Naomi Klein

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The Two Miamis

When massive political protests forced Bolivia’s president to resign last week, Gonzalo Sanchez de Lozada fled to a place where he knew he would find a sympathetic ear. “I’m here in Miami trying to recover from the shock and shame,” the ex-president told reporters on Saturday, after being unseated by a revolt against his plan to sell the country’s gas to the U.S.

Fortunately for Mr. Sanchez de Lozada, there are plenty of other Miami residents who know just how shocking and shameful it feels to lose power to a left-wing resurgence in Latin America. So many, in fact, that he could form a local support group for suffers of post-revolutionary stress disorder.

Possible members: Venezuela’s ex-president Carlos Andres Perez, who started living part-time in Miami after he was impeached in 1993 on corruption charges, as well as fellow Venezuelan-Miamista Carlos Fernandez, one of the leaders of the failed coup against President Hugo Chavez. Ecuador’s ex-president Gustavo Noboa might also stop by, since he tried to flee to Miami in August to avoid a corruption investigation at home.

Bush's AIDS Test

Fighting AIDS was supposed to show George W. Bush's softer side. "Seldom has history offered a greater opportunity to do so much for so many," he said in his State of the Union address this past January.

He has since reconsidered, deciding instead to offer a few more opportunities to the few. First he handed the top job of his Global AIDS initiative to a Big Pharma boss, then he broke his $3 billion promise of AIDS relief and now there are concerns that he may sabotage a plan to send cheap drugs to countries ravaged by AIDS.

This past August, the World Trade Organization announced a new deal on drug patents that was supposed to give poor countries facing health problems the right to import generic drugs. But the deal seemed unworkable: the United States, at the behest of the pharmaceutical lobby, had successfully pushed for so many conditions that the agreement exploded from a straightforward fifty-two words to a sprawling 3,200-word maze.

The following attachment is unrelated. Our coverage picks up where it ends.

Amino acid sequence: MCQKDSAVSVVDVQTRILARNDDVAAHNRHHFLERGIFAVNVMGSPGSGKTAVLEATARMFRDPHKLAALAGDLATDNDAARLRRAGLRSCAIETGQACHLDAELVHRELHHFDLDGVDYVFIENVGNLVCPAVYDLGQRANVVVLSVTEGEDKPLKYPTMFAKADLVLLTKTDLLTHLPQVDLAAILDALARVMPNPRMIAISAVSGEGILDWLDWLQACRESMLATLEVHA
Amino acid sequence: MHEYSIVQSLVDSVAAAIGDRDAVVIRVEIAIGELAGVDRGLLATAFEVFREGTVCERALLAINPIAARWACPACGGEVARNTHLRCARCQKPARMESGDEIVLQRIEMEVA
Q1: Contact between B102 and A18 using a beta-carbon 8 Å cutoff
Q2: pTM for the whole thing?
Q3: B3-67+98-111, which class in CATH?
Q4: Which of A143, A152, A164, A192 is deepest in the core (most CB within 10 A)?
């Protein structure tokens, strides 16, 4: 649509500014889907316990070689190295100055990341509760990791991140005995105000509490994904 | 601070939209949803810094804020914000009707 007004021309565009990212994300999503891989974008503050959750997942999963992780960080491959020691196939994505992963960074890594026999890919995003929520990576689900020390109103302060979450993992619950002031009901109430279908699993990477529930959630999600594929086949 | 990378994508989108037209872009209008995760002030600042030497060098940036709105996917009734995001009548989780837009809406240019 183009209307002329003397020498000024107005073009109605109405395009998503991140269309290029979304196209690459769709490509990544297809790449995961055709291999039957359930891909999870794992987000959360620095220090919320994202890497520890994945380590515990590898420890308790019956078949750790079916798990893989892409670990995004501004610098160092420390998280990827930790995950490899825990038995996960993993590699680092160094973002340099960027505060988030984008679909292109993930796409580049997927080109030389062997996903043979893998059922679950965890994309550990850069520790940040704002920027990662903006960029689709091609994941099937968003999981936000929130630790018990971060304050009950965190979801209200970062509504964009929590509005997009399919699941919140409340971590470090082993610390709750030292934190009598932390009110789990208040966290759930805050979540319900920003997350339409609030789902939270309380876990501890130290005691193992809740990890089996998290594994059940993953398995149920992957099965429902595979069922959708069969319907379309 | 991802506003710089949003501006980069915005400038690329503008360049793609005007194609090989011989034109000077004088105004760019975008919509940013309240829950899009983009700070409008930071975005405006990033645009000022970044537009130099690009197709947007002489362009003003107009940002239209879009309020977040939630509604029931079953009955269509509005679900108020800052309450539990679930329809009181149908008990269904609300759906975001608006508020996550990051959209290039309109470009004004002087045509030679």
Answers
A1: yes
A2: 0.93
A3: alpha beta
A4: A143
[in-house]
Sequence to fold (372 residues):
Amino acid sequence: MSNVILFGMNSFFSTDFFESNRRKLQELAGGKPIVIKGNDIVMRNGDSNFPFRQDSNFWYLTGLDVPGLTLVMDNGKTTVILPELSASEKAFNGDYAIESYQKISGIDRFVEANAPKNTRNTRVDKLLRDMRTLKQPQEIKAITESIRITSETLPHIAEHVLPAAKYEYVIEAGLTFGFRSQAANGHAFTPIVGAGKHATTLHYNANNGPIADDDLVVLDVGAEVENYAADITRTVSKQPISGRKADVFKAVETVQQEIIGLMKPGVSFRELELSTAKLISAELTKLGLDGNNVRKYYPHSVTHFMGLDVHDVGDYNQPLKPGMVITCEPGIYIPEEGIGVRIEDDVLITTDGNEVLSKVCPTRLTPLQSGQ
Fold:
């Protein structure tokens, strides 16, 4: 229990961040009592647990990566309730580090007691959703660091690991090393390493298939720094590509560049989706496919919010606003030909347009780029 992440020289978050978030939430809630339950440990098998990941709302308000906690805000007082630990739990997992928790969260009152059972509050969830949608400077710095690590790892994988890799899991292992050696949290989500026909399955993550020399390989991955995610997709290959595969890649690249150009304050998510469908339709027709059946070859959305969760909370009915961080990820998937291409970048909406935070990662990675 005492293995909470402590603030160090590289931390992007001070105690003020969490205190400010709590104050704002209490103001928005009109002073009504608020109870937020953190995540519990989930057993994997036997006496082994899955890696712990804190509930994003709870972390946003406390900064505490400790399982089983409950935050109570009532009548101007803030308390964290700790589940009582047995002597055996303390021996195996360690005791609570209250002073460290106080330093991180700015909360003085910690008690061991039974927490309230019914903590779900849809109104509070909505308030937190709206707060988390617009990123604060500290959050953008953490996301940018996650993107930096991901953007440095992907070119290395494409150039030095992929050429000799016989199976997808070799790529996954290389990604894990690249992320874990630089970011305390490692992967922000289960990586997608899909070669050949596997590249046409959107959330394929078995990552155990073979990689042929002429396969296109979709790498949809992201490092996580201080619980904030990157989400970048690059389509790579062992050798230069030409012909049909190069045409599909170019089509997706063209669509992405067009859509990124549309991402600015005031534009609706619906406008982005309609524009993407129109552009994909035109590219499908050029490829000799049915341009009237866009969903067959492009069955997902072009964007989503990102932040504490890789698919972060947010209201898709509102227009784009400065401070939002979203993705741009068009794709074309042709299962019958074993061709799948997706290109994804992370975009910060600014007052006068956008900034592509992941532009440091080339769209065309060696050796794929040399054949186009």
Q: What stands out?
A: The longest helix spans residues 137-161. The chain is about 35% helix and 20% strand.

Once Strip-Mined, Twice Shy

It used to be that if there was one thing you could count in matters of international trade, it was the desperation of the poor. No matter how bad the deal, it was always better than nothing.

But all of a sudden, poor countries are busting up trade rounds, standing up to the International Monetary Fund, and turning down foreign investment. What’s going on? Is it possible that when you’ve lost enough, desperation turns into defiance?

Take the people of Esquel, a small city in Southern Argentina. A year ago, the U.S-Canadian gold mining company Meridian purchased Britain’s Bancote Holdings, which owned a gold deposit in Esquel estimated at (U.S.) $1-billion. The time seemed to be right to build a huge open pit mine: gold was selling high and Argentina, with its ravaged economy, was selling low.

The company informed the city of Esquel that it was about to be the lucky recipient of 400 mining jobs. It slapped together an Environmental Impact Assessment, assured the community that using 2700 kg of cyanide a day was no riskier than driving to work, and got ready to start digging.

Free Trade is War

On Monday, seven anti-privatization activists were arrested in Soweto for blocking the installation of prepaid water meters. The meters are a privatized answer to the fact that millions of poor South Africans cannot pay their water bills.

The new gadgets work like pay-as-you-go cell phones, only instead of having a dead phone when you run out of money, you have dead people, sickened by drinking cholera-infested water. On the same day South Africa's "water warriors" were locked up, Argentina's negotiations with the International Monetary Fund bogged down. The sticking point was rate hikes for privatized utility companies. In a country where 50 percent of the population is living in poverty, the IMF is demanding that multinational water and electricity companies be allowed to increase their rates by a staggering 30 percent.

At trade summits, debates about privatization can seem wonkish and abstract. On the ground, they are as clear and urgent as the right to survive.

September 11’s Legacy: War as Franchise

The Marriot Hotel in Jakarta was still burning when Susilo Bambang Yudhoyono, Indonesia’s coordinating minister for political and security affairs, explained the implications of the day’s attack.

“Those who criticize about human rights being breached must understand that all the bombing victims are more important than any human rights issue.”

In a sentence, we got the best summary yet of the philosophy underlying Bush’s so-called “war on terror.” Terrorism doesn’t just blow up buildings; it blasts every other issue off the political map. The spectre of terrorism, real and exaggerated, has become a shield of impunity, protecting governments around the world from scrutiny for their human rights abuses.

Many have argued that the war on terror is the United States government’s thinly veiled excuse for constructing a classic Empire, in the model of Rome or Britain. Two years into the crusade, it’s clear that this is a mistake: the Bush gang doesn’t have the stick-to-it-ness to successfully occupy one country, let alone a dozen.

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